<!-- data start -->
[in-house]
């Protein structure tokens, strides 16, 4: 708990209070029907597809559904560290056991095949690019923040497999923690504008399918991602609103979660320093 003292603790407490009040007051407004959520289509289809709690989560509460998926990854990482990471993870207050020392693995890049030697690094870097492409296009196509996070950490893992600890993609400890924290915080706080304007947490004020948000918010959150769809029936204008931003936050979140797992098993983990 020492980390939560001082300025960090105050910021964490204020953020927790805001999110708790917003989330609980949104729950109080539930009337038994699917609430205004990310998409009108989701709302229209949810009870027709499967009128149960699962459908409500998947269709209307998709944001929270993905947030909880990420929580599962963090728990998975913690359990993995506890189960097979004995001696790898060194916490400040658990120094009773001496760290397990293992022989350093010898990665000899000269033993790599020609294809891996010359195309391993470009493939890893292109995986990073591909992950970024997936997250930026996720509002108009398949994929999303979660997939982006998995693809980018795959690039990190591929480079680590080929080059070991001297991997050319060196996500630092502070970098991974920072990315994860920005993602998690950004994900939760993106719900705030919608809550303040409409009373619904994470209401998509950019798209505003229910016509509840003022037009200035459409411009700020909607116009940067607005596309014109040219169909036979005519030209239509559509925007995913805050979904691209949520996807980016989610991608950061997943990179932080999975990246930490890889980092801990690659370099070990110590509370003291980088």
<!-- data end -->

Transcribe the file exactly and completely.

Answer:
[in-house]
């Protein structure tokens, strides 16, 4: 708990209070029907597809559904560290056991095949690019923040497999923690504008399918991602609103979660320093 003292603790407490009040007051407004959520289509289809709690989560509460998926990854990482990471993870207050020392693995890049030697690094870097492409296009196509996070950490893992600890993609400890924290915080706080304007947490004020948000918010959150769809029936204008931003936050979140797992098993983990 020492980390939560001082300025960090105050910021964490204020953020927790805001999110708790917003989330609980949104729950109080539930009337038994699917609430205004990310998409009108989701709302229209949810009870027709499967009128149960699962459908409500998947269709209307998709944001929270993905947030909880990420929580599962963090728990998975913690359990993995506890189960097979004995001696790898060194916490400040658990120094009773001496760290397990293992022989350093010898990665000899000269033993790599020609294809891996010359195309391993470009493939890893292109995986990073591909992950970024997936997250930026996720509002108009398949994929999303979660997939982006998995693809980018795959690039990190591929480079680590080929080059070991001297991997050319060196996500630092502070970098991974920072990315994860920005993602998690950004994900939760993106719900705030919608809550303040409409009373619904994470209401998509950019798209505003229910016509509840003022037009200035459409411009700020909607116009940067607005596309014109040219169909036979005519030209239509559509925007995913805050979904691209949520996807980016989610991608950061997943990179932080999975990246930490890889980092801990690659370099070990110590509370003291980088």